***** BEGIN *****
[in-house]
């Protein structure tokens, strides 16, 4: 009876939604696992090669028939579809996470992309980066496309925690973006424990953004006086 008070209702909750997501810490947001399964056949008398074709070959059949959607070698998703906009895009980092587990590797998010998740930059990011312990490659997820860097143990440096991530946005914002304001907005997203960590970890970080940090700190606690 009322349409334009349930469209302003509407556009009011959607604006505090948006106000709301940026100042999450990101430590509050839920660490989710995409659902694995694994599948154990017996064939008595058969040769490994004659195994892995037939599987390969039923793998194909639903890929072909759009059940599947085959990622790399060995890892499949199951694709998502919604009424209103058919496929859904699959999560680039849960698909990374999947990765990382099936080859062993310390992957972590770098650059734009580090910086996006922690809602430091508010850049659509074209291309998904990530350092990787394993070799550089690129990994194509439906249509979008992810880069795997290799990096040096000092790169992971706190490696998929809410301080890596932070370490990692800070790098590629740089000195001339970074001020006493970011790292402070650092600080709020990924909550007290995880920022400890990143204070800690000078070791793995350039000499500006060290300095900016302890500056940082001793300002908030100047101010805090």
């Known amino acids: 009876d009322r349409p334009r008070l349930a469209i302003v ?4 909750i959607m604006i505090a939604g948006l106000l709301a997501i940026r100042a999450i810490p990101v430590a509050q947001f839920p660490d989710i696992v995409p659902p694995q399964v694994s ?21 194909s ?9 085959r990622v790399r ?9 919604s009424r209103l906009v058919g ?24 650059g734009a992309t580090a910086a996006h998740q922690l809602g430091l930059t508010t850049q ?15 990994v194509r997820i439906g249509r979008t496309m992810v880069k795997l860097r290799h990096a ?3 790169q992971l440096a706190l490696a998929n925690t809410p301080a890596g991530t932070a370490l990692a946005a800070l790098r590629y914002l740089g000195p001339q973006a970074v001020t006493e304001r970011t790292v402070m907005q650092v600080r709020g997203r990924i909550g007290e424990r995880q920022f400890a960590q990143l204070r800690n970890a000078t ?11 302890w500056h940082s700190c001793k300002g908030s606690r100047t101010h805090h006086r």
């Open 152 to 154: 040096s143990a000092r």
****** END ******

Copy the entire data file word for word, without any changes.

[in-house]
């Protein structure tokens, strides 16, 4: 009876939604696992090669028939579809996470992309980066496309925690973006424990953004006086 008070209702909750997501810490947001399964056949008398074709070959059949959607070698998703906009895009980092587990590797998010998740930059990011312990490659997820860097143990440096991530946005914002304001907005997203960590970890970080940090700190606690 009322349409334009349930469209302003509407556009009011959607604006505090948006106000709301940026100042999450990101430590509050839920660490989710995409659902694995694994599948154990017996064939008595058969040769490994004659195994892995037939599987390969039923793998194909639903890929072909759009059940599947085959990622790399060995890892499949199951694709998502919604009424209103058919496929859904699959999560680039849960698909990374999947990765990382099936080859062993310390992957972590770098650059734009580090910086996006922690809602430091508010850049659509074209291309998904990530350092990787394993070799550089690129990994194509439906249509979008992810880069795997290799990096040096000092790169992971706190490696998929809410301080890596932070370490990692800070790098590629740089000195001339970074001020006493970011790292402070650092600080709020990924909550007290995880920022400890990143204070800690000078070791793995350039000499500006060290300095900016302890500056940082001793300002908030100047101010805090």
């Known amino acids: 009876d009322r349409p334009r008070l349930a469209i302003v ?4 909750i959607m604006i505090a939604g948006l106000l709301a997501i940026r100042a999450i810490p990101v430590a509050q947001f839920p660490d989710i696992v995409p659902p694995q399964v694994s ?21 194909s ?9 085959r990622v790399r ?9 919604s009424r209103l906009v058919g ?24 650059g734009a992309t580090a910086a996006h998740q922690l809602g430091l930059t508010t850049q ?15 990994v194509r997820i439906g249509r979008t496309m992810v880069k795997l860097r290799h990096a ?3 790169q992971l440096a706190l490696a998929n925690t809410p301080a890596g991530t932070a370490l990692a946005a800070l790098r590629y914002l740089g000195p001339q973006a970074v001020t006493e304001r970011t790292v402070m907005q650092v600080r709020g997203r990924i909550g007290e424990r995880q920022f400890a960590q990143l204070r800690n970890a000078t ?11 302890w500056h940082s700190c001793k300002g908030s606690r100047t101010h805090h006086r």
């Open 152 to 154: 040096s143990a000092r």